In terms of the Pullman Hotel, I think it’s a crying shame you took so long to come to the civic party and acknowledge that you, or the Hotel’s previous owners, had clearly erred in placing this metal post in the footpath. Personally, I believe that “law” is a minimum morality and that their references to having consent for the aforementioned pole were a dereliction of duty to the community in which their Hotel operates.
But now that it’s been put right, I hereby declare that my Company’s embargo on your services has been lifted. Not that I’ll be using it anytime soon, preferring instead the wonderful travel opportunities opened up by the likes of AirBnb (NB: I hope to cover how this so-called “sharing economy” website is revolutionising how we travel and in turn how we utilise our housing stock in a subsequent post).
In spite of this sweet success, there is one obvious outstanding question: What’s the next priority for Auckland’s long-suffering pedestrians? Speak now; the AT/AC God’s may just be listening.
We often deride traffic engineers for the road dominant nature of Auckland. Sometimes this can be a bit unfair as we know not all engineers are bad and the term is often be a bit of a catch all phrase for those involved in the road design process. So when I refer to traffic engineers I’m referring perhaps more to the people and processes that sees the focus on movement and storage of vehicles over a public realm that focuses on people, the type that an urban planner might try to deliver. This post from Greater Greater Washington highlights these opposing ideas perfectly. A freeway was closed along a section of the Anacostia River in Washington DC after a new and updated freeway bridge was built over the river and the old freeway bridge turned into a local road.
DDOT then conducted a 2014 study of options to replace the freeway segment. The study devised xis options, but all of them basically looked like near-freeways. While pedestrians and cyclists could cross to access the waterfront, and cars could turn on and off to nearby streets in some options, all of the options turned a huge expanse of pavement and empty grass into other huge expanses of pavement and empty grass, sometimes also with tour bus parking.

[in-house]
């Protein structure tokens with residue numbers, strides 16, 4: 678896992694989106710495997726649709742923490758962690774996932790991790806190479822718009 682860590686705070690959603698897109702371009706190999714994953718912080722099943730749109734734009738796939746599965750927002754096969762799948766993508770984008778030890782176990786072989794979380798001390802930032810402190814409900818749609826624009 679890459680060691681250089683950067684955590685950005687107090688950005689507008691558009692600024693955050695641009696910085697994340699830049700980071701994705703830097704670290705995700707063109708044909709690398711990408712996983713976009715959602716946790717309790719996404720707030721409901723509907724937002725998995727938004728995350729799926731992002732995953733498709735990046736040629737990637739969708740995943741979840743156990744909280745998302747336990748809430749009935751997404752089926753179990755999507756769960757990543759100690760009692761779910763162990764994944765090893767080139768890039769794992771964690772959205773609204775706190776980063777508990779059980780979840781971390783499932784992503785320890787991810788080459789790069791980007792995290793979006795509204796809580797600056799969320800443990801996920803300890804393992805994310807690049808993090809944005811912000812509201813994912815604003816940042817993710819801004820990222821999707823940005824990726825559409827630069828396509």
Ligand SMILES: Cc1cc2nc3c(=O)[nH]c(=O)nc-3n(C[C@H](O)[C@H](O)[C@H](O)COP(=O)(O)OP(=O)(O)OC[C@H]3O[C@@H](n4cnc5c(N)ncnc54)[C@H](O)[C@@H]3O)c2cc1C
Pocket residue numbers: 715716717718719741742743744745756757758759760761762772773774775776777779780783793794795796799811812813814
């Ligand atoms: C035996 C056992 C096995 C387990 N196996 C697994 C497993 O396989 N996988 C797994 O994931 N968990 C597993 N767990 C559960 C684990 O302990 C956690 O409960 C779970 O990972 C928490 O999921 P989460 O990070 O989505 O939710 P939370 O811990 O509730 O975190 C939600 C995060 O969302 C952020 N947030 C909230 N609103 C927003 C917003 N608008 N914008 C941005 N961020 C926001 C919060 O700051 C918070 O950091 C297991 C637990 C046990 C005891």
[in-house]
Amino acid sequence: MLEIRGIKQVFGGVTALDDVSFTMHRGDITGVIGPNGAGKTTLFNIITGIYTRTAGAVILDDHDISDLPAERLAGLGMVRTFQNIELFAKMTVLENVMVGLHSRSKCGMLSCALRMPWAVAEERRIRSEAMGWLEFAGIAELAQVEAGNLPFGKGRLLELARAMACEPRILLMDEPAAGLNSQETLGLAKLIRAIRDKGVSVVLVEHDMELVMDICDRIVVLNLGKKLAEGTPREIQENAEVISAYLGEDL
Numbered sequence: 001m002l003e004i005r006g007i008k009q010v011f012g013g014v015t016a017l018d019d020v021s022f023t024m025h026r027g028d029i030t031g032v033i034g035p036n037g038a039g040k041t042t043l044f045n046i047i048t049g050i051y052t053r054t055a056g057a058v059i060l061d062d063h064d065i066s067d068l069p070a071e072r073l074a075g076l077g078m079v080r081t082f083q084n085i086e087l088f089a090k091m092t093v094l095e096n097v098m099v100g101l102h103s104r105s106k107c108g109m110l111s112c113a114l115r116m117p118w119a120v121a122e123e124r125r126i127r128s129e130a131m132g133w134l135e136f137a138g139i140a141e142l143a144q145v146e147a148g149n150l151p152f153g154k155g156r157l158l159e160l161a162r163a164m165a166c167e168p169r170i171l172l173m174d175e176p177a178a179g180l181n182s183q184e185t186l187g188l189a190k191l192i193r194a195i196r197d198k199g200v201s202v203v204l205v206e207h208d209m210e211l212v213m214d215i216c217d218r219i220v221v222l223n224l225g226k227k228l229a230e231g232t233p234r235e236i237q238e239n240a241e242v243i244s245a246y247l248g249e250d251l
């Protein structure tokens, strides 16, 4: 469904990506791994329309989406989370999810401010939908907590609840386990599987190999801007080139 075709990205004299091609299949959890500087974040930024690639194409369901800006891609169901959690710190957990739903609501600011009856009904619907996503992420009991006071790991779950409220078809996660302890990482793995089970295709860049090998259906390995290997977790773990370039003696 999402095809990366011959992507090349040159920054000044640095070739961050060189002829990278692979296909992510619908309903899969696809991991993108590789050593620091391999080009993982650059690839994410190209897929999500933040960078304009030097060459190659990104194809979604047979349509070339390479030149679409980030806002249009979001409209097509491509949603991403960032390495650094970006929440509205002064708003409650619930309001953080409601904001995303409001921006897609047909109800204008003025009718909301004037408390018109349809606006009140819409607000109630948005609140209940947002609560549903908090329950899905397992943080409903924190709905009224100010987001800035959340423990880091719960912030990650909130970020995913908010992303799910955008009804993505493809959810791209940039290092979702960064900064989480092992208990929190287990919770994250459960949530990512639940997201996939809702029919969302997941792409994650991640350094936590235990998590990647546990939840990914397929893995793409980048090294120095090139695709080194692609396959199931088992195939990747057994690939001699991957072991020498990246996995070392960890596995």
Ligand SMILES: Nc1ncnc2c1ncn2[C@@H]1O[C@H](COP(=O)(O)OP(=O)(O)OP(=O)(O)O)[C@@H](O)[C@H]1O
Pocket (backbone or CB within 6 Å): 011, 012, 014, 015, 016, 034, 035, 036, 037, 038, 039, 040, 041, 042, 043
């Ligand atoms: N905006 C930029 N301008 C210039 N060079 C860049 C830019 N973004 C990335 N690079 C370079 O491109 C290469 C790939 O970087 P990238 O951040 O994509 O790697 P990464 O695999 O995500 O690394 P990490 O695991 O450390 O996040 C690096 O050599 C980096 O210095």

DDOT’s options still primarily focused around moving cars fast, and would all have created big empty spaces that would not create any actual sense of place and would be, at best, unpleasant to cross on foot.
So basically a road and a few cycle lanes surrounded by likely a lot of not very useful green space (the option above even included underground parking under the road for almost the entire length). The other options were all variations of the same theme and this is exactly the same type of thing we would see here in Auckland – and are seeing with proposals to upgrade local roads e.g. Lincoln Rd.
Residents, led by Advisory Neighborhood Commissioner Brian Flahaven, were not happy with the narrowness of DDOT’s analysis. Instead, at Councilmember Tommy Wells’ urging, the Office of Planning stepped in to do a more open-minded study of how to use the space.
OP’s options still look at four-lane boulevards and even four-lane parkways, but with much more appealing designs like a big park next to and partly on top of the road:
These are just some of the options they came up with and include various versions of parks, and development options.
What’s worth noting is that the planners options contained just as many traffic lanes as the traffic engineers options did due to the transport engineers making it a requirement. The post questions the need for it to be four lanes but what is clear is that there are some quite different thinking going on between those just responsible for the movement of vehicles and those who also consider people and the city as a whole.